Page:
Schardt Awarded UMD-NCI Cancer Research Training Fellowship
Fischell Department of Bioengineering (BioE) third-year graduate student John Schardt was awarded a joint University of Maryland-National Cancer Institute (UMD-NCI) Cancer Research Training Fellowship. The award carries tuition remission, a full stipend, and funding for lab supplies for one year, with potential renewal.
Schardt, a student in BioE Assistant Professor Steven Jay's Vascular Pharmacoengineering and Biotherapeutics Laboratory, was recognized for his efforts to develop a novel molecular engineering approach to breast and ovarian cancer therapy.
Schardt's project involves designing a strategy to overcome dysregulation of signaling between protein ligands and their cell surface receptors - specialized integral membrane proteins that communicate signals between the cell and the outside world - which can lead to tumor growth and metastasis in many cancers. One example of this dysregulation, which is especially prevalent in breast and ovarian cancers, is the overexpression of the receptor HER3. This overexpression often leads to amplification of HER3 signaling pathways, which generally cause negative outcomes such as tumor progression and/or metastasis.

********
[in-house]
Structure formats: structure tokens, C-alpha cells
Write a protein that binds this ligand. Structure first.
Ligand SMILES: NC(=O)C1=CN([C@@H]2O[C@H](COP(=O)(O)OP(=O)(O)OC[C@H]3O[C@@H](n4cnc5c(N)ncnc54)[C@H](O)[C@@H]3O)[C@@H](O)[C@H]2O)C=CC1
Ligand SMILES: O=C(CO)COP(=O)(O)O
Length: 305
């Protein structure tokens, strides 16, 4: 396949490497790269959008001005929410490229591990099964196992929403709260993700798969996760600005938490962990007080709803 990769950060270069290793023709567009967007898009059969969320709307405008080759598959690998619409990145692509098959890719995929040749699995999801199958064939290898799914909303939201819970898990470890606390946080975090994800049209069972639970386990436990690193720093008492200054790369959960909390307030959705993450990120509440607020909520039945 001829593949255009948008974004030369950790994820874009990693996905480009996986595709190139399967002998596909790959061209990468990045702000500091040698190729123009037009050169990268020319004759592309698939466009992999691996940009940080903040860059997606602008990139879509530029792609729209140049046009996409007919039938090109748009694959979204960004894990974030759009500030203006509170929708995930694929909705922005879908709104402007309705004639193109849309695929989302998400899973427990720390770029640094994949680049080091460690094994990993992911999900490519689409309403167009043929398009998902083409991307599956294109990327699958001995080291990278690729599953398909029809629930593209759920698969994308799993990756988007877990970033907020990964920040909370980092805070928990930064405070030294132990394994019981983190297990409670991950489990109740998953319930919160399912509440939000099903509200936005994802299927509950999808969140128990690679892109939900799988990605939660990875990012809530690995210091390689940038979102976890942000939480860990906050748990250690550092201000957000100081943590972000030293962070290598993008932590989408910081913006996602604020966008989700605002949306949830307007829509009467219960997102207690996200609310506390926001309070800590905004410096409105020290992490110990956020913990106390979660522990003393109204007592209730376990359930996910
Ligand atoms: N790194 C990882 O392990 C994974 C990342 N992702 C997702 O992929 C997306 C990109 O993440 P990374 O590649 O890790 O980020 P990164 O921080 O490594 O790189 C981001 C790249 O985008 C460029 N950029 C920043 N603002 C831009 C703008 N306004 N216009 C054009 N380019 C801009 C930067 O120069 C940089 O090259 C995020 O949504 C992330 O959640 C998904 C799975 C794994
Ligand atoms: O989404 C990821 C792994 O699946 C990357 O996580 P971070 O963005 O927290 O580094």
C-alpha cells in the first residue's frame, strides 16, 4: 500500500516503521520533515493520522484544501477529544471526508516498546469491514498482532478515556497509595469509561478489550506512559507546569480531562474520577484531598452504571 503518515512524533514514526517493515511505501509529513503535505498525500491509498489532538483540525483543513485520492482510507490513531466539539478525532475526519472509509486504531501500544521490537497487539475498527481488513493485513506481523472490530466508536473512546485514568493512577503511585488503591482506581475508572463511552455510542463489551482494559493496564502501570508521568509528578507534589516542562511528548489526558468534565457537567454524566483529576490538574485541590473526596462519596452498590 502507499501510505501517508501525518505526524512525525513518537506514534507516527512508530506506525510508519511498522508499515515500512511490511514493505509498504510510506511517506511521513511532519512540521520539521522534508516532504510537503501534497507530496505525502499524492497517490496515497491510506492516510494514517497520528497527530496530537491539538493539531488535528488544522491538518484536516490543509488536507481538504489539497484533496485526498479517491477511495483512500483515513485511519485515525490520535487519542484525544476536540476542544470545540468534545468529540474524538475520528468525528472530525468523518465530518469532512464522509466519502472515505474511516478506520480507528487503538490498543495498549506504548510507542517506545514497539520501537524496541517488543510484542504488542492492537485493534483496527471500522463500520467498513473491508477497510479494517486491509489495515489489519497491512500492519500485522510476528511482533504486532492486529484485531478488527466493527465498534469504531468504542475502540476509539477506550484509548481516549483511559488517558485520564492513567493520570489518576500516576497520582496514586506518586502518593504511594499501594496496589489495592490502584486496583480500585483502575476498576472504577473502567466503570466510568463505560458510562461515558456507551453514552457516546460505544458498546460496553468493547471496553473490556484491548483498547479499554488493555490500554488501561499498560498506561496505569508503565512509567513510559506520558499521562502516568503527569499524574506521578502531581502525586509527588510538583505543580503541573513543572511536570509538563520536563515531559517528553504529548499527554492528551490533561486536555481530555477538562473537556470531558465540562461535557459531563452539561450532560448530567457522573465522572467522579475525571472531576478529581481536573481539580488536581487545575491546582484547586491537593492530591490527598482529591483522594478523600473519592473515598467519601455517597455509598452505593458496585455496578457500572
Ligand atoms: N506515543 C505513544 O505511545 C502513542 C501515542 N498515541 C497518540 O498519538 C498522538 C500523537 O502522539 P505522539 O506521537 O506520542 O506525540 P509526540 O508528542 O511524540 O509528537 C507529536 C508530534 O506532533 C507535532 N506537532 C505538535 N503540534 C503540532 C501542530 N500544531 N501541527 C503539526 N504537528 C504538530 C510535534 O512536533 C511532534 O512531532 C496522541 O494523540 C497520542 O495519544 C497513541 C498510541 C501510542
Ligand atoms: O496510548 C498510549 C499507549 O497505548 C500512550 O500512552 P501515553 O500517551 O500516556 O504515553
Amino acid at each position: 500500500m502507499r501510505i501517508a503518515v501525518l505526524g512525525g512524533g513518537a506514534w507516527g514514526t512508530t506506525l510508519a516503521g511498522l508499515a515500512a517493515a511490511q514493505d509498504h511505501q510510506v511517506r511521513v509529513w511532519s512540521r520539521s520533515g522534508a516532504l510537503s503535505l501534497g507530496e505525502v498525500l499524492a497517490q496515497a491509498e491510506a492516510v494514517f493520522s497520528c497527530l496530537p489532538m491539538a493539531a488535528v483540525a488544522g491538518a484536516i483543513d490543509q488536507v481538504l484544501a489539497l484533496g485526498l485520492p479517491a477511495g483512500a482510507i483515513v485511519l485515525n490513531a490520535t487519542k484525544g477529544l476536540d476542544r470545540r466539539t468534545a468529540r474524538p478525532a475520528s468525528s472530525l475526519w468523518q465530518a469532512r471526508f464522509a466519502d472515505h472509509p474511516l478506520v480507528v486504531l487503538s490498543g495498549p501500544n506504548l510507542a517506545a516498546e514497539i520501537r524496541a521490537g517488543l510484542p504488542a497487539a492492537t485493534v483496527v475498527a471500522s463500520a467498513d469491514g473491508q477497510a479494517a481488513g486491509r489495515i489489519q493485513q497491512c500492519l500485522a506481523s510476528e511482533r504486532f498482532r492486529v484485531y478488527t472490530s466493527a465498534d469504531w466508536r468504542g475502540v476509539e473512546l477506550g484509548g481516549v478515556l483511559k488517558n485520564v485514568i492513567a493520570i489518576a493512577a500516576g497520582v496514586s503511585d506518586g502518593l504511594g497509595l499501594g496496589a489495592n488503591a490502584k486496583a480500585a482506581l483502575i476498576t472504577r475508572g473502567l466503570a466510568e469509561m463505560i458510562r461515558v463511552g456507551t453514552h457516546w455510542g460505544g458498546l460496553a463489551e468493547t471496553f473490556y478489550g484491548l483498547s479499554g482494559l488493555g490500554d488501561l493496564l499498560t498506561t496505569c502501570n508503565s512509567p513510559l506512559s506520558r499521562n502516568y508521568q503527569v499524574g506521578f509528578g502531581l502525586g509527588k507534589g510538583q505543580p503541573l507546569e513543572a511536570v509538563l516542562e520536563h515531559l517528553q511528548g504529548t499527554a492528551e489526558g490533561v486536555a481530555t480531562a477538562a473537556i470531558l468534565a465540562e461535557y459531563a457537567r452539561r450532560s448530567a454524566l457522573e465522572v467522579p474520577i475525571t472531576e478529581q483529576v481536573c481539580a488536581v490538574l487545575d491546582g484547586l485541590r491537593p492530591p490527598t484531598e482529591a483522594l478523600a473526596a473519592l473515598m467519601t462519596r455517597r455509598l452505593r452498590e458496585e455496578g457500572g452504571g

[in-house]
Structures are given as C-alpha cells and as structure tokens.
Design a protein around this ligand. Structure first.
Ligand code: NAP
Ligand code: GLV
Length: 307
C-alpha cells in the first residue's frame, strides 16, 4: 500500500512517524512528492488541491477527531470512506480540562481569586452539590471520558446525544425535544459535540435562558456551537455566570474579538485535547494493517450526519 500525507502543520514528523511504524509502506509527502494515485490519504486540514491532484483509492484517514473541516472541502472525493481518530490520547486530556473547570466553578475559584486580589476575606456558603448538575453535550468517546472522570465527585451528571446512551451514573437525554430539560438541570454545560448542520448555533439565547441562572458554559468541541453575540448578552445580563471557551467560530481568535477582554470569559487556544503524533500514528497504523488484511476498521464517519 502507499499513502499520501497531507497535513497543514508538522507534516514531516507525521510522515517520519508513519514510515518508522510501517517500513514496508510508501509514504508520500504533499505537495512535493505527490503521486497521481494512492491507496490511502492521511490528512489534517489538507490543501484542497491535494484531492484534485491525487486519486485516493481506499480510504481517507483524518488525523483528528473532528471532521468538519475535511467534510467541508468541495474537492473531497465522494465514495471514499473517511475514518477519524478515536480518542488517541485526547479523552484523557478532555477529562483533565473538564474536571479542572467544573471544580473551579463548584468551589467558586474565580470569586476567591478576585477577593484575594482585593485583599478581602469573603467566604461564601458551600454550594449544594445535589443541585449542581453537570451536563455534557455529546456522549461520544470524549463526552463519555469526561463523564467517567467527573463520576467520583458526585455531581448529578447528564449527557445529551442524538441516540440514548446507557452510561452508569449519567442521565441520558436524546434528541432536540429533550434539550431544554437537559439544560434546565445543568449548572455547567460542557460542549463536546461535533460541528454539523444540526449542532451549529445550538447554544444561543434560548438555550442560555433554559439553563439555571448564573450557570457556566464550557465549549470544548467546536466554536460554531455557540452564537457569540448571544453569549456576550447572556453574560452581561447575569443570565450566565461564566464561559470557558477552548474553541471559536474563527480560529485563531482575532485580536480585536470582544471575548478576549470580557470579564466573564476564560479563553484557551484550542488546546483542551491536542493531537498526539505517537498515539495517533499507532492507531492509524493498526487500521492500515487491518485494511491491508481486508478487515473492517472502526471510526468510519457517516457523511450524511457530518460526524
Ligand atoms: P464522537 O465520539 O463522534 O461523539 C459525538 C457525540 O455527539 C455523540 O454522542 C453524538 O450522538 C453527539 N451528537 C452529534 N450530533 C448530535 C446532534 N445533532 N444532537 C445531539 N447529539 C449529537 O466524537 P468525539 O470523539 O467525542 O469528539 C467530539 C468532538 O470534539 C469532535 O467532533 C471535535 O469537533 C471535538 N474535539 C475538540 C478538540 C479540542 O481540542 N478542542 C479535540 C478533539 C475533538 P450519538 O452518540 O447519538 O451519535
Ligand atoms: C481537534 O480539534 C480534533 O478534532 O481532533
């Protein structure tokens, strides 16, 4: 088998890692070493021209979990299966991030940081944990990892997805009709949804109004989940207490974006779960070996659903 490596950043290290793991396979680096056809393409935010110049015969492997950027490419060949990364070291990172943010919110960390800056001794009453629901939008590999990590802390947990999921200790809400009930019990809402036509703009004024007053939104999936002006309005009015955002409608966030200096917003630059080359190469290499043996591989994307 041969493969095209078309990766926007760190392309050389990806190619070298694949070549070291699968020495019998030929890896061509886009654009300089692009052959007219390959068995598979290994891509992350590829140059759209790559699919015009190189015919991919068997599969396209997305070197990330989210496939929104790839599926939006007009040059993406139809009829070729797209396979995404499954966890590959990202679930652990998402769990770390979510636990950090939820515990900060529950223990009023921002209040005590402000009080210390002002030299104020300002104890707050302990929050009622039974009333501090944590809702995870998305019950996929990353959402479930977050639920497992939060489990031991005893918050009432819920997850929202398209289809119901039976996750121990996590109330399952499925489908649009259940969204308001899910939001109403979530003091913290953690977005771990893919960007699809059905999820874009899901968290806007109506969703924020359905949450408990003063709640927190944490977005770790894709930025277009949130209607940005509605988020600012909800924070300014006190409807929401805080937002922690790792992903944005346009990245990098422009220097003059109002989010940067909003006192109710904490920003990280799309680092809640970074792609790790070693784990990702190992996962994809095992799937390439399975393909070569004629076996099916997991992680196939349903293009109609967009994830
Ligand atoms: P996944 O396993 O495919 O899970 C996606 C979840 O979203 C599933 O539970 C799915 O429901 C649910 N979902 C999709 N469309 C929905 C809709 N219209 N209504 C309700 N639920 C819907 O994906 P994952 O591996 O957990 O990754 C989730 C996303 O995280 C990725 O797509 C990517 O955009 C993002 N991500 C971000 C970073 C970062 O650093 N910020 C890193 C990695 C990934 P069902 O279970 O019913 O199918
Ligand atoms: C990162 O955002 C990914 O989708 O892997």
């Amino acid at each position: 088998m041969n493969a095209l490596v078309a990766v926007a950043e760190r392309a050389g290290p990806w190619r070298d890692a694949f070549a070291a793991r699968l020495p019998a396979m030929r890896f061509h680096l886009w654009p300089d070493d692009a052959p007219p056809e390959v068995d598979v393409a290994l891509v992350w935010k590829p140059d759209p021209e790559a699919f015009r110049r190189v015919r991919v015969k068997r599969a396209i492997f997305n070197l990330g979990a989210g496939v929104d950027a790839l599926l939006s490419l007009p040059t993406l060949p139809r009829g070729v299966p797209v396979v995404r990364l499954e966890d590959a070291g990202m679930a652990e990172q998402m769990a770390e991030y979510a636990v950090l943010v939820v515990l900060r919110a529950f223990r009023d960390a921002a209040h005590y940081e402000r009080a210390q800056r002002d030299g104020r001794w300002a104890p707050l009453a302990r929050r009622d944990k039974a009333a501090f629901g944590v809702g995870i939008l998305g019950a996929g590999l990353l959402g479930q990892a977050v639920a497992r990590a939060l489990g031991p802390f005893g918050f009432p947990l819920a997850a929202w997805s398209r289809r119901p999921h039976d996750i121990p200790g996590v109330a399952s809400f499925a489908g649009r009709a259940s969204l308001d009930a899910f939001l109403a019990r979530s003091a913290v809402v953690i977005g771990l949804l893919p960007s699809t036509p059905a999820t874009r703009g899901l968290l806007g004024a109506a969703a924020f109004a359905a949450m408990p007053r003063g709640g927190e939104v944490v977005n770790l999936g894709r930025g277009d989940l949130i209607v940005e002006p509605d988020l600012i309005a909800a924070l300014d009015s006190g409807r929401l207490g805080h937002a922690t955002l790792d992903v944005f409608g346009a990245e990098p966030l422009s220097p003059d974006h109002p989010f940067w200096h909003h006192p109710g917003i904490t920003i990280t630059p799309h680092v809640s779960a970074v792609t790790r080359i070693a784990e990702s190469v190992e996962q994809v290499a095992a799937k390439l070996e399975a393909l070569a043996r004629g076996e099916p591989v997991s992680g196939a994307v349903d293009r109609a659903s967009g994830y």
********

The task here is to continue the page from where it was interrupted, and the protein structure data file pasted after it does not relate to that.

Along with Jay, UMD principal investigator on the project, and Dr. Stanley Lipkowitz, NCI principal investigator, Schardt has helped pioneer a strategy to inhibit HER3 signaling in cancer referred to as “HER3 sequestration.” Their technique involves engineering multivalent HER3 ligands to trap HER3 into configurations that prevent its interaction with other receptors that are necessary to initiate pro-neoplastic signaling.
Through the fellowship, Schardt will employ computational protein design and cancer biology experimental approaches to better understand and enhance HER3 sequestration towards the development of a next generation of multivalent HER3 ligands that could be translated into novel cancer therapeutics.
About the UMD-NCI Partnership for Cancer Technology
The UMD-NCI Partnership for Cancer Technology was established to bring together the expertise and resources in the mathematical sciences, physical sciences, and engineering at the University of Maryland with basic, clinical, and translational research expertise of the National Cancer Institute/Center for Cancer Research to solve the most pressing problems in cancer research. The partnership was officially formed in May 2010. More information is available online.
Published September 18, 2015